Community celebrates Indigenous culture and history through music, dance, food and more
On Oct. 18, as winter made its first welcome appearance in the form of light flurries, the Indigenous Student Support Group hosted the second annual Mount Allison University Powwow.
Located in the Athletic Centre, anyone walking along York Street could see a bright yellow banner near the entrance. During the opening ceremonies, attendees were met with bleachers overflowing with people, from faculty and students to community members and a sea of children.
In the centre of the gym drummers from the Wabanaki Confederacy, Hey Cuzzins, and East Boys provided the rhythm for the event. On one side of the gym were vendors selling a plethora of traditional Indigenous goods, like footwear and jewelry. At the front of the gym was Possessom Paul, the energetic MC from the Wabanaki Confederacy.
The event was not only a celebration of Indigenous culture and tradition, but also a community event where Indigenous culture could be shared with the Mount Allison community. The fact that the Powwow was open to the public was the first example of this intention. Another occurred after the incoming president of Mount Allison, Jean-Paul Boudreau, gave his address to those gathered there. Boudreau was asked by the MC to take part in a dance celebrating his upcoming installation. There is a video of the president accompanying Indigenous dancers on the Powwow’s Facebook event page.
After the opening ceremony, it was announced that the community was invited to join what was called an inter-tribal dance. After hesitation from the audience, MC Possesum Paul explained that “inter-tribal” meant everyone was invited to take part in a dance lead by Indigenous dancers. He described it as “stepping through the glass.” The result was a surge of students (both secondary and post-secondary) and other community members creating a sea of dancers circling around the gym.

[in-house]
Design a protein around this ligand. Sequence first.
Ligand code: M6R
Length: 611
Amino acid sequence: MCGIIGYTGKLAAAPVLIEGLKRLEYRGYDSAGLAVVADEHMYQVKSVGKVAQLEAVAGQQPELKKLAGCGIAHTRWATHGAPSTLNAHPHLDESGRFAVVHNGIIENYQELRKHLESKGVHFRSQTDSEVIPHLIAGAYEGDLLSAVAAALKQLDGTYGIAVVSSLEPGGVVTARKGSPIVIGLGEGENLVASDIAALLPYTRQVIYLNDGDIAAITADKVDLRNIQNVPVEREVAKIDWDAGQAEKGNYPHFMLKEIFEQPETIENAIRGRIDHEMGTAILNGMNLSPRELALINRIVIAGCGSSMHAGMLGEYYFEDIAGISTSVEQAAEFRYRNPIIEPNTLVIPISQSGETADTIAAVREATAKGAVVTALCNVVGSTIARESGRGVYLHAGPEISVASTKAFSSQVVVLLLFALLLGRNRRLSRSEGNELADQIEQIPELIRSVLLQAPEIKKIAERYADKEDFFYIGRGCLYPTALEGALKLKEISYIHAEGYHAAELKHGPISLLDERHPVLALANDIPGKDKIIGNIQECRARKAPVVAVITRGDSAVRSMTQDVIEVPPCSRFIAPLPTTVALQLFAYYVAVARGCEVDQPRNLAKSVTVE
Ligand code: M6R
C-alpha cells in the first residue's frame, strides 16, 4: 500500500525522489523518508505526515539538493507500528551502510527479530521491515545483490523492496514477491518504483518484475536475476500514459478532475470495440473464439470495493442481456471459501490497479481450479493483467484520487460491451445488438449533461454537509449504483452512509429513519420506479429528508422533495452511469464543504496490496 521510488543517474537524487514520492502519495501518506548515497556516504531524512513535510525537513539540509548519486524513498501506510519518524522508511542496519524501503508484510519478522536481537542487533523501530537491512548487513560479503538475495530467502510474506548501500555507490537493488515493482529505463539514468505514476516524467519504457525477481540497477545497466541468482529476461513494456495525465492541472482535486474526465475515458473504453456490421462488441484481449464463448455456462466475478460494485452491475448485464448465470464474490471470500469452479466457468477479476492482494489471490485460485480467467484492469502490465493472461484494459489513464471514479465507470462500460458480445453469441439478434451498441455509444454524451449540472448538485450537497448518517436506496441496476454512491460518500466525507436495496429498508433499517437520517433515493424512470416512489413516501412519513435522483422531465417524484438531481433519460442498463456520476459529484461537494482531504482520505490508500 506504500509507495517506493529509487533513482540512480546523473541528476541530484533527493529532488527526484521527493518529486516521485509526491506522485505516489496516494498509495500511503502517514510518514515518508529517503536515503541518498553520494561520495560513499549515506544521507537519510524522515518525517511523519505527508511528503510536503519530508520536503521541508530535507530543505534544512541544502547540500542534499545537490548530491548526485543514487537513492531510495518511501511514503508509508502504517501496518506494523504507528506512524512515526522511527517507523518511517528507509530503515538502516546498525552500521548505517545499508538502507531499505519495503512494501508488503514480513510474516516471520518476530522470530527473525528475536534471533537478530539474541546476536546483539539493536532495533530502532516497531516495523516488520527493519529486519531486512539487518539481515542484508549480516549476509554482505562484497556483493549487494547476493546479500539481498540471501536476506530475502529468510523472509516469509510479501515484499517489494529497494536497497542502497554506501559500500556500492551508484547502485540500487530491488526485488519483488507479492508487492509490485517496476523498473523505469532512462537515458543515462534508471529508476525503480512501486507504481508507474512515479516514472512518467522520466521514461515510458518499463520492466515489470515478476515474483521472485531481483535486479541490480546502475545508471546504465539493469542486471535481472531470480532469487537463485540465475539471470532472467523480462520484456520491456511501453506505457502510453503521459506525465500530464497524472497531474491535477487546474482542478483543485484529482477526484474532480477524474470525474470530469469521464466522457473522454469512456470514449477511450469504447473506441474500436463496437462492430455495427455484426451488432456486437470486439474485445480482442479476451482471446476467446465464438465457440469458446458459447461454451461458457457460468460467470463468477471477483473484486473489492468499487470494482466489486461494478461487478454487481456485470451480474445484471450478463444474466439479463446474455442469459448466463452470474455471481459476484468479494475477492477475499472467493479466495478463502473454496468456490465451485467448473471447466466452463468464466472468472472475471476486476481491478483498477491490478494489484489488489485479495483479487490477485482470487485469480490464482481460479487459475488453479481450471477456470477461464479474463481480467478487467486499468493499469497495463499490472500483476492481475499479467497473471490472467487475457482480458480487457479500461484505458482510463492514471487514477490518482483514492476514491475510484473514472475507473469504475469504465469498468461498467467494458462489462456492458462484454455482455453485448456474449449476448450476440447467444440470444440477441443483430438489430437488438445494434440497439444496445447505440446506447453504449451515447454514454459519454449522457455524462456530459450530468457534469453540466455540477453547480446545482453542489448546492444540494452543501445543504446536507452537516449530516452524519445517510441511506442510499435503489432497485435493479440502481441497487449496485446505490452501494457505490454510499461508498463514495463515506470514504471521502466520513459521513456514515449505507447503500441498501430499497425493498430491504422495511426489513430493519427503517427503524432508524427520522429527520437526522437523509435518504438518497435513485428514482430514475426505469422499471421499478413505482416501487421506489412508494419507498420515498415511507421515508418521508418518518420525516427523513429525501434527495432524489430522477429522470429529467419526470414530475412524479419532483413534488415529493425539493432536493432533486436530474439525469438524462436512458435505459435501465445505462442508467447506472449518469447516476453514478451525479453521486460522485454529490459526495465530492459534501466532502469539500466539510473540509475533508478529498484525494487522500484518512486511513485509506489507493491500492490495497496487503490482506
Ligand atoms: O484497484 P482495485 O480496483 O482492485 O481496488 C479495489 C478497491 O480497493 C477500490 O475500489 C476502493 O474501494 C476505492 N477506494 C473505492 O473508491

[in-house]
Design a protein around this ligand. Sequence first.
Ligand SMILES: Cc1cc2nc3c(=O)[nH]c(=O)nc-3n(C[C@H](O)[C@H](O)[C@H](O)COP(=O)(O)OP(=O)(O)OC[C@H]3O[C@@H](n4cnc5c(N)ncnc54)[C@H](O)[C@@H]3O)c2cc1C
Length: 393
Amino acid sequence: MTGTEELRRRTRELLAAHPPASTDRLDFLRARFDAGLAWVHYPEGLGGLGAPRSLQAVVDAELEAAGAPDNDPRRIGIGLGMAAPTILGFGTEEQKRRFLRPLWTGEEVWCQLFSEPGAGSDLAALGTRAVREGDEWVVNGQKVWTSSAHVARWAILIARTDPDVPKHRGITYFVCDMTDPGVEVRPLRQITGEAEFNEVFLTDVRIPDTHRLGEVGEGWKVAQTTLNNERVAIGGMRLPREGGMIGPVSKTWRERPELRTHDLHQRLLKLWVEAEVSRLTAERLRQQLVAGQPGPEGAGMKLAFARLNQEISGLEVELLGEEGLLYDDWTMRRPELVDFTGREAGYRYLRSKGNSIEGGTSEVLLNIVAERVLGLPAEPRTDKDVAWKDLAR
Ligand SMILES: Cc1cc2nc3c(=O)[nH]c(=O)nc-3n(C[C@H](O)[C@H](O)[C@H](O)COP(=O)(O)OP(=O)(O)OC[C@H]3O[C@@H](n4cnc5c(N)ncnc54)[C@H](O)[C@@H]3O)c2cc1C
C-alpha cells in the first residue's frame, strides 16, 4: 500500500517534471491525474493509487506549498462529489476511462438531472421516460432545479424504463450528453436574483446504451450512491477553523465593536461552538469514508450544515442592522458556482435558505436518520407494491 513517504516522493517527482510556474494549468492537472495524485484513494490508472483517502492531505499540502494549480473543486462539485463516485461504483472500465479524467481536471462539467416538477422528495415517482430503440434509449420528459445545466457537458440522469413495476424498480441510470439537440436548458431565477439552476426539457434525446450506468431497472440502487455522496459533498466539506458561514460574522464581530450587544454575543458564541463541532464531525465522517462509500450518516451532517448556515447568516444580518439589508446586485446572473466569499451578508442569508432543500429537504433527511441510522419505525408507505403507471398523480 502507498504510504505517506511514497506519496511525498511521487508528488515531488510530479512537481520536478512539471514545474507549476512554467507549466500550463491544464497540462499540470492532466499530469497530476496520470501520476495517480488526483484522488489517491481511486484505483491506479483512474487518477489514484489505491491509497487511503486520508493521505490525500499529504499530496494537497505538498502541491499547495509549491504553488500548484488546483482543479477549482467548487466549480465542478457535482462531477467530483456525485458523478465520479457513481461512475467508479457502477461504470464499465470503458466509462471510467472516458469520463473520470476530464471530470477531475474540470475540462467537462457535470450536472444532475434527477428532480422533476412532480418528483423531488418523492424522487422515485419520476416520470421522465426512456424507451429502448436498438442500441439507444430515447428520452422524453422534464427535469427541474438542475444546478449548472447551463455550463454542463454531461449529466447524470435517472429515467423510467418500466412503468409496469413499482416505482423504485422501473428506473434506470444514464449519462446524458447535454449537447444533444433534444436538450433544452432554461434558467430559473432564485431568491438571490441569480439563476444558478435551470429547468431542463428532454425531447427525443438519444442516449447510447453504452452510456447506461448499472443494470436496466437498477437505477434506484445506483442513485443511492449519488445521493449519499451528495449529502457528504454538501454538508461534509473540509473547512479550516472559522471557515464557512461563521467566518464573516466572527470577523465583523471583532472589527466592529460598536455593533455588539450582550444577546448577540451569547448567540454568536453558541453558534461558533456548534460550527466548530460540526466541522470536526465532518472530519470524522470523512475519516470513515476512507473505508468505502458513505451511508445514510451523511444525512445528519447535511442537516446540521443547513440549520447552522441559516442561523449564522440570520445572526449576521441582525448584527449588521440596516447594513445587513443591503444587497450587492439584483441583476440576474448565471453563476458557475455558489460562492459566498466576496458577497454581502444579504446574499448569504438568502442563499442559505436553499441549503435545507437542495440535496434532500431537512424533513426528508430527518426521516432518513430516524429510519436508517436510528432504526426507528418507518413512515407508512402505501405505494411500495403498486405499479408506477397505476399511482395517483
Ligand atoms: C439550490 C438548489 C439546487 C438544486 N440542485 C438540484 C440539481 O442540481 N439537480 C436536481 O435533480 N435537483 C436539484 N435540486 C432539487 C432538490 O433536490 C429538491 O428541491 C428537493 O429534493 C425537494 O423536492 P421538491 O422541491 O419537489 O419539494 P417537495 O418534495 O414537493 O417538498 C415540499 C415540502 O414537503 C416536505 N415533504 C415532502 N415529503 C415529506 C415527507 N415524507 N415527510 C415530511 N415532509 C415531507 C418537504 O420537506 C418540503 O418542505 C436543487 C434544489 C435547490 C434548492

At the same time, in Mawita’mkw there were four kinds of “Indian tacos” being sold, which are made up of a shell, meat, cheese, tomatoes, lettuce and other ingredients. Paul Beautiful Eyes Francis, a volunteer, explained the origin of Indian tacos to a community member as a product of the Long Walk, when Indigenous people had to survive off of rations given to them by the United States government.
Patty Musgrave, the Indigenous affairs coordinator, said that the significance of this event was that it furthered reconciliation and showed pieces of the Indigenous culture to the Mt. A community. When asked what she would say to the community at large, she replied, “Thank you. We are grateful the Mount Allison community are so open to learning about the culture of this territory’s first people. I am sure our ancestors, whose bones are in the ground where this University sits, would be happy to know that they are being honoured in this way.”
As for future events, Musgrave said, “Holy moly, I’m just getting started.” The Mt. A community can look forward to more events celebrating Indigenous culture. Specifically, Mt. A’s sweat lodge should be built soon, and once it is ready there will be sweats open to the entire community.